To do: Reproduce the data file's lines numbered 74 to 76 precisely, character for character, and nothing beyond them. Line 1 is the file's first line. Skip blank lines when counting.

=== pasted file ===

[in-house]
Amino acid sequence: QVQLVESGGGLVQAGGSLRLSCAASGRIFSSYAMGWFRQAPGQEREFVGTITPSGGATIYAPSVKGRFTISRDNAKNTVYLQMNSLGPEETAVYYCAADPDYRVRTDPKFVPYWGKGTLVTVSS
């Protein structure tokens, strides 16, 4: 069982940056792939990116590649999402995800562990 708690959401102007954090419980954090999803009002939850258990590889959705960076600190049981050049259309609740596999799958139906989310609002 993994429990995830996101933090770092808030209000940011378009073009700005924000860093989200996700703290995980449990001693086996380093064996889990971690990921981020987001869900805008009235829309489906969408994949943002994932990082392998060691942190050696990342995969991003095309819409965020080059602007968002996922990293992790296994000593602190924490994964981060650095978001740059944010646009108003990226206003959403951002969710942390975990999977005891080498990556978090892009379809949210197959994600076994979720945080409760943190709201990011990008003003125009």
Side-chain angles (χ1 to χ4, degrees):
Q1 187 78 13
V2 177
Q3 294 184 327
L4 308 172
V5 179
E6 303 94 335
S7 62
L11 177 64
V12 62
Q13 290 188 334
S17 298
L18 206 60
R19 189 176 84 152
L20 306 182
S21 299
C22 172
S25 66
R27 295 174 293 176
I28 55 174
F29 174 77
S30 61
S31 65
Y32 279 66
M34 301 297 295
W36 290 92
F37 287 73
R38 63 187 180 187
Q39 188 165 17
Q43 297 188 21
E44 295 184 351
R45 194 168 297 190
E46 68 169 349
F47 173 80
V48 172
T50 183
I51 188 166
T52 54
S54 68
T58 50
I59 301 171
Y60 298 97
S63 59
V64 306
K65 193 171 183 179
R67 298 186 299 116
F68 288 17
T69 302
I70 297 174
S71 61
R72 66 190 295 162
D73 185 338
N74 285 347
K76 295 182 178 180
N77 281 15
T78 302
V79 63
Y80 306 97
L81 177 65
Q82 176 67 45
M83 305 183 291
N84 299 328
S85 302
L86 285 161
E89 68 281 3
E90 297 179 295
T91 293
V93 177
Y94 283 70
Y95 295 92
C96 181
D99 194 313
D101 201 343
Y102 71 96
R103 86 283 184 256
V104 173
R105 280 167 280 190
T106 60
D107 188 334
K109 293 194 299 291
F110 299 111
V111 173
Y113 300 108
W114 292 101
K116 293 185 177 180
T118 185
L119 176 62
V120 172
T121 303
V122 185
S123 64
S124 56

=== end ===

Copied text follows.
C96 181
D99 194 313
D101 201 343